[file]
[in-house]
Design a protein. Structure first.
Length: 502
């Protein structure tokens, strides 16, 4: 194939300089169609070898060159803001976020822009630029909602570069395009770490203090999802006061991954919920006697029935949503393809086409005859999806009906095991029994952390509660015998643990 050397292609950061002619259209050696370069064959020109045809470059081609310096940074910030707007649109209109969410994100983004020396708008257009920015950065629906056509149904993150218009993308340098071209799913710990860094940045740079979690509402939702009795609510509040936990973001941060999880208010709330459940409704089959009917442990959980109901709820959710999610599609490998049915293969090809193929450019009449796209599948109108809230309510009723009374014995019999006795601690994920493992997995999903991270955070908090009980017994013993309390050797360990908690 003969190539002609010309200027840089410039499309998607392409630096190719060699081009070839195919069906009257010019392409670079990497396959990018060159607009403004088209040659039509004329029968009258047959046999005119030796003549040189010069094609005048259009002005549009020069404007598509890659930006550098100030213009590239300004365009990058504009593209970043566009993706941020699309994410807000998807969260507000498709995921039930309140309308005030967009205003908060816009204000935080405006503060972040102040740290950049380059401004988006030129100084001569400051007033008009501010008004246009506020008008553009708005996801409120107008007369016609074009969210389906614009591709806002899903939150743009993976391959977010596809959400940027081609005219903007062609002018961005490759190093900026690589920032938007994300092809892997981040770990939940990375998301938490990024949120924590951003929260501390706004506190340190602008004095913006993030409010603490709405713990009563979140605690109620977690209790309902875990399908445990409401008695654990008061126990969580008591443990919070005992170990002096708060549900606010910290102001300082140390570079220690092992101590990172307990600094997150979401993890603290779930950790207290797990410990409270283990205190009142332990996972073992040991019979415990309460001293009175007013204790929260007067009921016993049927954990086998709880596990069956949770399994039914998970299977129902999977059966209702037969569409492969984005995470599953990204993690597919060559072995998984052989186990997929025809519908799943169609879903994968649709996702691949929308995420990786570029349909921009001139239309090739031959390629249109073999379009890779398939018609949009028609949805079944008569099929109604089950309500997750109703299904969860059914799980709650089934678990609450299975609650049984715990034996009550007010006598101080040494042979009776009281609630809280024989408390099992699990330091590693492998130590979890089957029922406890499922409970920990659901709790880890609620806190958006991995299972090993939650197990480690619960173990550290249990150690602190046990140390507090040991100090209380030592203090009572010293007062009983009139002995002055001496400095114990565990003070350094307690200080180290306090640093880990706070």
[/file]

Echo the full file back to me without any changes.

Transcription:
[in-house]
Design a protein. Structure first.
Length: 502
């Protein structure tokens, strides 16, 4: 194939300089169609070898060159803001976020822009630029909602570069395009770490203090999802006061991954919920006697029935949503393809086409005859999806009906095991029994952390509660015998643990 050397292609950061002619259209050696370069064959020109045809470059081609310096940074910030707007649109209109969410994100983004020396708008257009920015950065629906056509149904993150218009993308340098071209799913710990860094940045740079979690509402939702009795609510509040936990973001941060999880208010709330459940409704089959009917442990959980109901709820959710999610599609490998049915293969090809193929450019009449796209599948109108809230309510009723009374014995019999006795601690994920493992997995999903991270955070908090009980017994013993309390050797360990908690 003969190539002609010309200027840089410039499309998607392409630096190719060699081009070839195919069906009257010019392409670079990497396959990018060159607009403004088209040659039509004329029968009258047959046999005119030796003549040189010069094609005048259009002005549009020069404007598509890659930006550098100030213009590239300004365009990058504009593209970043566009993706941020699309994410807000998807969260507000498709995921039930309140309308005030967009205003908060816009204000935080405006503060972040102040740290950049380059401004988006030129100084001569400051007033008009501010008004246009506020008008553009708005996801409120107008007369016609074009969210389906614009591709806002899903939150743009993976391959977010596809959400940027081609005219903007062609002018961005490759190093900026690589920032938007994300092809892997981040770990939940990375998301938490990024949120924590951003929260501390706004506190340190602008004095913006993030409010603490709405713990009563979140605690109620977690209790309902875990399908445990409401008695654990008061126990969580008591443990919070005992170990002096708060549900606010910290102001300082140390570079220690092992101590990172307990600094997150979401993890603290779930950790207290797990410990409270283990205190009142332990996972073992040991019979415990309460001293009175007013204790929260007067009921016993049927954990086998709880596990069956949770399994039914998970299977129902999977059966209702037969569409492969984005995470599953990204993690597919060559072995998984052989186990997929025809519908799943169609879903994968649709996702691949929308995420990786570029349909921009001139239309090739031959390629249109073999379009890779398939018609949009028609949805079944008569099929109604089950309500997750109703299904969860059914799980709650089934678990609450299975609650049984715990034996009550007010006598101080040494042979009776009281609630809280024989408390099992699990330091590693492998130590979890089957029922406890499922409970920990659901709790880890609620806190958006991995299972090993939650197990480690619960173990550290249990150690602190046990140390507090040991100090209380030592203090009572010293007062009983009139002995002055001496400095114990565990003070350094307690200080180290306090640093880990706070």